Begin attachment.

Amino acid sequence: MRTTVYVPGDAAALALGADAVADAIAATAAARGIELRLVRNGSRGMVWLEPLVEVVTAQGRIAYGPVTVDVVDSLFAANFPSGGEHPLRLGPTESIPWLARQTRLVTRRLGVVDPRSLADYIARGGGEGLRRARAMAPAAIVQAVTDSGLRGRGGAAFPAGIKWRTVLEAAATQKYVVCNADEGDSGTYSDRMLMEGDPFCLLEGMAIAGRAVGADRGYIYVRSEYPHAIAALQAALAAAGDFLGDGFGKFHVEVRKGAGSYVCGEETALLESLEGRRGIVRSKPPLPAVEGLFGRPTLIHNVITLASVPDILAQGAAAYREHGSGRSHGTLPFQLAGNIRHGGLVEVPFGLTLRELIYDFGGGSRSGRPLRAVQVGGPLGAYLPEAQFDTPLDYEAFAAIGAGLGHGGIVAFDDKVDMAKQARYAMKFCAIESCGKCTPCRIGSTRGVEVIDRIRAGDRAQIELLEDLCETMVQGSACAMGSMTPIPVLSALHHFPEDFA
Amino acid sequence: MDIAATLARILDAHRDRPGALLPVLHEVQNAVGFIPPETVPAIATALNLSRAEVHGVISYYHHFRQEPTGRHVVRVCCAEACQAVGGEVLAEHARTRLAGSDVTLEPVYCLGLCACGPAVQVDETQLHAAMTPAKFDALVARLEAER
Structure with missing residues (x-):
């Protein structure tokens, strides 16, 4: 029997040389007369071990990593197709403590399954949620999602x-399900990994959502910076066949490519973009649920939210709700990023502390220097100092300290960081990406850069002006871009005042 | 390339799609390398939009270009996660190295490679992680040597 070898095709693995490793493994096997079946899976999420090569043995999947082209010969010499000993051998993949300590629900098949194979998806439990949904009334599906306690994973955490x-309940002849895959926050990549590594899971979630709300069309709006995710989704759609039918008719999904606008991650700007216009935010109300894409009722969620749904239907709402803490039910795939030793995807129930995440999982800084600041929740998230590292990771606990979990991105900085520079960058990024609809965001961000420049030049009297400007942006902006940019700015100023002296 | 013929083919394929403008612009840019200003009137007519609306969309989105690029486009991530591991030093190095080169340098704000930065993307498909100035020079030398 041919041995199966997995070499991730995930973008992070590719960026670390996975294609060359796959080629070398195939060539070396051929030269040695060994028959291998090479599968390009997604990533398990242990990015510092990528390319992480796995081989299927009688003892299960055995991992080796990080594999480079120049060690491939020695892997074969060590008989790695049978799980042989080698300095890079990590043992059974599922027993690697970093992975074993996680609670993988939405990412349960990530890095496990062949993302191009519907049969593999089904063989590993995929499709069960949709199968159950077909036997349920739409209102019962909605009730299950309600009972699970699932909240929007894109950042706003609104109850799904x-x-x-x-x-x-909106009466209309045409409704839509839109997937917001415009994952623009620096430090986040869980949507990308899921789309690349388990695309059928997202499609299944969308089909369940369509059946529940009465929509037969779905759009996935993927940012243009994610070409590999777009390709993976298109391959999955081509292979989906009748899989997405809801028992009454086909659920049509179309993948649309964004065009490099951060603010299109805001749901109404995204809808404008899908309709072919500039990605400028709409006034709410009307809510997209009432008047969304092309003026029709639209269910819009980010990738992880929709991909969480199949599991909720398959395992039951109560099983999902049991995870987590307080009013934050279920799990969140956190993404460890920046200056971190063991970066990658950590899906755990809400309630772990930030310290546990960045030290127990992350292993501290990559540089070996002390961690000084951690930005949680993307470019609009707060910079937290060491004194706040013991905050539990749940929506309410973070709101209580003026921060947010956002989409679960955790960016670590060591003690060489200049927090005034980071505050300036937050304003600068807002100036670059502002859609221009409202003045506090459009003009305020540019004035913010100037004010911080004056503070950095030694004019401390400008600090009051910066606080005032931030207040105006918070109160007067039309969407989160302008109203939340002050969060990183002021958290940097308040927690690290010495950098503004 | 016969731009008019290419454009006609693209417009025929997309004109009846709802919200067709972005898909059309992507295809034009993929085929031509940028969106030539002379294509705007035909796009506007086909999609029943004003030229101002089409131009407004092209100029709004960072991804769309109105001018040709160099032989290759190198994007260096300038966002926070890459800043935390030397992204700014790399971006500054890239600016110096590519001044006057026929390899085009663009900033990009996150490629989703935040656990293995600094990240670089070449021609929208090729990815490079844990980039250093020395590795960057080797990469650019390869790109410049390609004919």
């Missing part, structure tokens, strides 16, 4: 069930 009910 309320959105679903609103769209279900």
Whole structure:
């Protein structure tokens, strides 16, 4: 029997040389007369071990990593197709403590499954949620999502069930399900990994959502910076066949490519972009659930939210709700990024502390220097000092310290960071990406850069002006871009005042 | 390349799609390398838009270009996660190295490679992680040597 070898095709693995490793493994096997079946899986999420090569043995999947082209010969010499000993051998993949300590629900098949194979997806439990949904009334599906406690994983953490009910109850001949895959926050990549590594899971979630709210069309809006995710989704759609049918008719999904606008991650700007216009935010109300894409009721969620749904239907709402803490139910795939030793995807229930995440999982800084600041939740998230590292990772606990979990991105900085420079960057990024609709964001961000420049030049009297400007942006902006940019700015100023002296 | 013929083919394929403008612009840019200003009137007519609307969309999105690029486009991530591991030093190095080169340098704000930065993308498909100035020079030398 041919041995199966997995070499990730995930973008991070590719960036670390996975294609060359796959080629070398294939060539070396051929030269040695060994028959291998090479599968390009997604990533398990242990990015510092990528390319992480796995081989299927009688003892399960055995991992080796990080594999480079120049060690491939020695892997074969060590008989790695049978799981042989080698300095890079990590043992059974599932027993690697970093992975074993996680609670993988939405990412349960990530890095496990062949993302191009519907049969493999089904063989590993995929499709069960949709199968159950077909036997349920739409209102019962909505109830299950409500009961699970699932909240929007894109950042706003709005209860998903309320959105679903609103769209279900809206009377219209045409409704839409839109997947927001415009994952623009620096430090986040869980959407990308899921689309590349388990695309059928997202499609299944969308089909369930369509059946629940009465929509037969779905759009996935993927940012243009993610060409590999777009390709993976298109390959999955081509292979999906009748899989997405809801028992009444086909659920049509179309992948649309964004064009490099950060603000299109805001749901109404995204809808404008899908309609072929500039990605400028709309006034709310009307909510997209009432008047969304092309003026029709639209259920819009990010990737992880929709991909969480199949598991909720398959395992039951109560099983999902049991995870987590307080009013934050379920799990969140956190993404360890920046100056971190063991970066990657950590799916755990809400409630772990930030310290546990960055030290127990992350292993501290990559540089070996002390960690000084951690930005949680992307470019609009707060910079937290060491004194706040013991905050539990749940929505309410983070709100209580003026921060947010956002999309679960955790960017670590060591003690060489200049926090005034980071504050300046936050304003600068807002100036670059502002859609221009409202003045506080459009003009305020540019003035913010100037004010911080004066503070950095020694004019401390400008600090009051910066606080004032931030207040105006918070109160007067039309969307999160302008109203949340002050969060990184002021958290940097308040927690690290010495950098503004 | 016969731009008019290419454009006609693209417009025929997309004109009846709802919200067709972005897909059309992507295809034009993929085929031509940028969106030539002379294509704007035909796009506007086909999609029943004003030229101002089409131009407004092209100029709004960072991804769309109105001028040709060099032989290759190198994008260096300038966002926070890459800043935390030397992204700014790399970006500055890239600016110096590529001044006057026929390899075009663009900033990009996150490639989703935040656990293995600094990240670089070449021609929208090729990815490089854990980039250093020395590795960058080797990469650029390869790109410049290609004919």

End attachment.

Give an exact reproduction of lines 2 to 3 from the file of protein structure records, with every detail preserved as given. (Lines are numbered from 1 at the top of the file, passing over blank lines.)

Amino acid sequence: MDIAATLARILDAHRDRPGALLPVLHEVQNAVGFIPPETVPAIATALNLSRAEVHGVISYYHHFRQEPTGRHVVRVCCAEACQAVGGEVLAEHARTRLAGSDVTLEPVYCLGLCACGPAVQVDETQLHAAMTPAKFDALVARLEAER
Structure with missing residues (x-):